An Operating System remains the soul of any computer. We have seen many over time, but the one that has stood out strongly is Microsoft Windows. Windows occupies around 90 % of the total operating system market. And why shouldn’t it? Windows is easy-to-use and comes equipped with all the services one would expect from any OS – and is considered to be better than an open-source operating system. But there are always some who may be looking out for a free operating system for their computers.
Free Open Source Operating Systems
Today I will list some of the most popular, open-source, and therefore free, operating systems available to computer users. Speaking about the open-source world, there are some quite impressive operating systems – that can be useful at times. Earlier, I had talked about Open Source databases – and today I will discuss some free and open-source operating systems and their features in brief.
The most widely used open-source database is Ubuntu. It is a Linux-based operating system and is distributed free along with the source code. Its desktop looks somewhat similar to that of Windows, with window controls and icons. There is reasonably large software support available on Ubuntu; the common applications include Mozilla Firefox web browser, LibreOffice office application suite, GIMP image editor, and so on.
Ubuntu is distributed under GNU and GPL licenses. It has a UNIX shell called Terminal that can be used to interact with the network and install third-party applications.
Ubuntu Features, Specifications, and Requirements
- Support for ARM and x86 boards1
- Local storage support for DVR functionality2
- Minimum disk space: 2GB
- Minimum memory: 512 MB
- CEC support
- Secure full-featured web
- Social networking services
One of the interesting features of Ubuntu is the integration of broadcast, online services, and applications. This gives you a real TV experience on a desktop since you can now get media on demand. Ubuntu needs very little effort for installation. You can download the Windows Installer here.
Check this if you are looking for more Linux alternatives to Windows.
FreeBSD is an advanced operating system for x86 compatible (including Pentium and Athlon), AMD64 compatible. It is popular among network developers, as FreeBSD offers advanced networking, performance, security, and compatibility features. Most software that runs on Linux can run on FreeBSD without the need for any compatibility layer. FreeBSD nonetheless still provides a compatibility layer for several other Unix-like operating systems, including Linux. As a result, most Linux binaries can be run on FreeBSD.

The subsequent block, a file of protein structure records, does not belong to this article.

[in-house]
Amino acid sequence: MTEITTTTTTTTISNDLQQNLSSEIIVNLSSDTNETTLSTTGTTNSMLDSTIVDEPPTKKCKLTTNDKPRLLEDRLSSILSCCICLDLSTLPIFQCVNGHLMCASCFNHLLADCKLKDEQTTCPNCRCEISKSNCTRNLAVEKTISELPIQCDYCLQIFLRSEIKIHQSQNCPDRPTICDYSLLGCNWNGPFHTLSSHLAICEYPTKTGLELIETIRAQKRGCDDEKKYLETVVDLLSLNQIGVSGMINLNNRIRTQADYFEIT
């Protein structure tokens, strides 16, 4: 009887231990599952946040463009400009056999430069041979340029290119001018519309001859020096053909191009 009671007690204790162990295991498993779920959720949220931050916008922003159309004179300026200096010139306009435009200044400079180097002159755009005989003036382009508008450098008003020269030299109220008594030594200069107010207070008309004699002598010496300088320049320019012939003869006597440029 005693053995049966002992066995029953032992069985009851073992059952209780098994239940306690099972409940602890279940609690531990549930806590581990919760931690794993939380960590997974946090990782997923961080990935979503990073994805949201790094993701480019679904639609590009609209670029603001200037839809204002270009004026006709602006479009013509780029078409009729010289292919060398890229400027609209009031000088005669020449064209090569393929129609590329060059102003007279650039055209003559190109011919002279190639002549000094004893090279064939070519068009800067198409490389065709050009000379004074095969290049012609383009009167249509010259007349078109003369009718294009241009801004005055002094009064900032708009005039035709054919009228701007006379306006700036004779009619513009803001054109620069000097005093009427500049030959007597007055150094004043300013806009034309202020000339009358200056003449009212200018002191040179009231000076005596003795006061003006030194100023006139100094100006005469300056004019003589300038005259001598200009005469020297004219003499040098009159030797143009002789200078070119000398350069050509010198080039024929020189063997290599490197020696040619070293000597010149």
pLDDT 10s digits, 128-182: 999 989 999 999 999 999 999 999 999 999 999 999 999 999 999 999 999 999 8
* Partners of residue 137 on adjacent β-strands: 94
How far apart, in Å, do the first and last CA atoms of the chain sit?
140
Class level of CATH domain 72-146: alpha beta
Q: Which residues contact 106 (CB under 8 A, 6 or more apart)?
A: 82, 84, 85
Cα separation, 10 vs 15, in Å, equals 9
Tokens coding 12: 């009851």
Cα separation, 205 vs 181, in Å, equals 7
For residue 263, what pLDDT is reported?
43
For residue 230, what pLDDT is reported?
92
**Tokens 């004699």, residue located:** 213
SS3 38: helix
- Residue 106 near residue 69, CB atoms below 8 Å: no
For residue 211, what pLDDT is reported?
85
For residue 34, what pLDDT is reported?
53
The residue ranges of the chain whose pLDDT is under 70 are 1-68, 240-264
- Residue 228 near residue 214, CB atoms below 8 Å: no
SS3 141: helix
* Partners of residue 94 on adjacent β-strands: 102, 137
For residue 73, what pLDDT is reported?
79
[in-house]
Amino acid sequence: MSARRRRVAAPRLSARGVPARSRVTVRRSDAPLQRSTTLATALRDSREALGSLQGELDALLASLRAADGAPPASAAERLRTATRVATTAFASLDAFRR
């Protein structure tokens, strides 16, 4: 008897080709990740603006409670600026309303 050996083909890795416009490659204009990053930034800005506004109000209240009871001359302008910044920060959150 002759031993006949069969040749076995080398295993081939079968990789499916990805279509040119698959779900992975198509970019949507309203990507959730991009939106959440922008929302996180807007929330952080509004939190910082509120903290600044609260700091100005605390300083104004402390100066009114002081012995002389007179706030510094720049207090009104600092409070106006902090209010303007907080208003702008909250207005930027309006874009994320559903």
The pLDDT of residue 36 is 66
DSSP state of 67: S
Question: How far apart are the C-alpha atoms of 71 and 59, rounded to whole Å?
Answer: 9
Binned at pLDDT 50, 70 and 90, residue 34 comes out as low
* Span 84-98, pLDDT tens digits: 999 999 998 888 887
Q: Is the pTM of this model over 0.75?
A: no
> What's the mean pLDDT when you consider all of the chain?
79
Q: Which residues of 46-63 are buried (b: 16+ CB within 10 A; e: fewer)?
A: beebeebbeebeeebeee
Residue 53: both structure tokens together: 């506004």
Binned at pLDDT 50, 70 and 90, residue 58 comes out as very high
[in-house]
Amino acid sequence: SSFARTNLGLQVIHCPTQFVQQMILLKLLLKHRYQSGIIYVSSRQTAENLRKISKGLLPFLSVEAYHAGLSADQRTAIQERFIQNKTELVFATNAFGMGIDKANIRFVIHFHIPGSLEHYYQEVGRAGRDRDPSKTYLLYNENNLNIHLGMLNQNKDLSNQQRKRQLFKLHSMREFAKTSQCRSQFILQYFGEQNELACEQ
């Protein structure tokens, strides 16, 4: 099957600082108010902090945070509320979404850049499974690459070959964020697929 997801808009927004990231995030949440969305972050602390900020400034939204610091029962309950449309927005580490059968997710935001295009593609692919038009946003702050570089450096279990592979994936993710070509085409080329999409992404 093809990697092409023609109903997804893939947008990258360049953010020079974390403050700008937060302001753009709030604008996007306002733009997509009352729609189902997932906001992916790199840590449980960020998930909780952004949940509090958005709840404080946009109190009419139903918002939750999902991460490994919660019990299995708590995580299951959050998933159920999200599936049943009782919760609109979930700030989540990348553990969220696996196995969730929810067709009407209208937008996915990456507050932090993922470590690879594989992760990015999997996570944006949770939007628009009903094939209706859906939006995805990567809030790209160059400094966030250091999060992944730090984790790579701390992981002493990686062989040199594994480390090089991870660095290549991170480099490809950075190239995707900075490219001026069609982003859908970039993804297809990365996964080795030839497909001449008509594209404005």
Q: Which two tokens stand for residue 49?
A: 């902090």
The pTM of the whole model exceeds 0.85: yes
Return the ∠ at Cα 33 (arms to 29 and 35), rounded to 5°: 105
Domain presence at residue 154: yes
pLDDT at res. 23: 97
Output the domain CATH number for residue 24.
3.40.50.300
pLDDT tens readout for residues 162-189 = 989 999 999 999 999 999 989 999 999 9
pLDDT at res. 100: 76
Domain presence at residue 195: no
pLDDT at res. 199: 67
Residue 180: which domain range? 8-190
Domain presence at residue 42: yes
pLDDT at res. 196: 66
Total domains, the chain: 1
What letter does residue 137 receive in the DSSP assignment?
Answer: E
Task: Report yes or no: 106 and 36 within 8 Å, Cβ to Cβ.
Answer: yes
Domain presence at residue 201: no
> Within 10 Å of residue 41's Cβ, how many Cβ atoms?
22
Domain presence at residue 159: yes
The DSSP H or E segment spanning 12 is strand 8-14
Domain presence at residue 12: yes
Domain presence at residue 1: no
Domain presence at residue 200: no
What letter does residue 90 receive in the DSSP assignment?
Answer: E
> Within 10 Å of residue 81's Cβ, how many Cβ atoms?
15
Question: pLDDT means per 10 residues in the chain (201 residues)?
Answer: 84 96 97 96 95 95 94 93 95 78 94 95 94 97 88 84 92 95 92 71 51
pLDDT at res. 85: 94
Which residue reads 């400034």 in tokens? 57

FreeBSD is available under open source and can be installed from a variety of media including CD-ROM, DVD, or directly over the network using FTP or NFS.
1) FreeBSD ships with advanced hardware specifications that now supports advanced file systems called ZFS file system (highly scalable multiprocessing performance.)
2) SMPng: The SMPng architecture allows concurrency in the kernel. This makes OS perform fast as it can scale to over 8 CPU cores for many workloads.
3) Wireless: enhances wireless support, including high-power Atheros-based cards, new drivers for Ralink, Intel, and ZyDAS cards, WPA, background scanning and roaming, and 802.11n.
FreeBSD also includes support for encryption software, secure shells, Kerberos authentication, “virtual servers”.
You can download FreeBSD here.
OpenSolaris is a computer operating system developed by Sun Microsystems. It runs well on desktops, laptops, servers and data centers. OpenSolaris is GUI based like Ubuntu and has rich graphical desktop and windows for easy navigation. It is now available in version 11 and can be downloaded without any cost from the Oracle website.
- ZFS (the file system)
- bootable clones
- checksums on data
- storage pools (zpools)
- snapshots (utilizing copy-on-write)
In addition, Sun’s ZFS file system now has native solid-state drive (SSD) management technology, meant to allow system administrators to fine-tune SSD performance.
You can download OpenSolaris here.
It is a free Windows-compatible OS that offers the benefits of running Windows apps natively. Apart from being an open-source software (its main highlight), the tool has a one really cool feature that Windows failed to offer – An application manager very much similar to Linux package manager. To use the software, head over to React OS’s official website and after having downloaded the image, use a tool like Rufus to write it on a USB drive.
5] Haiku OS
What most users like about this OS is its uniformity and cohesiveness. To start up the operating system, one inserts the thumb drive into a USB port and reboot. This should not pose a problem as most modern computers these days can be set to boot from the USB key. The OS is fast and responsive. Moreover, it is equipped with a number of applications and demos pre-installed. So, getting started should not be a problem even for first-time users.
Fedora & Debian are the other distro’s which must be mentioned here.
Also read: Alternative operating systems for PC
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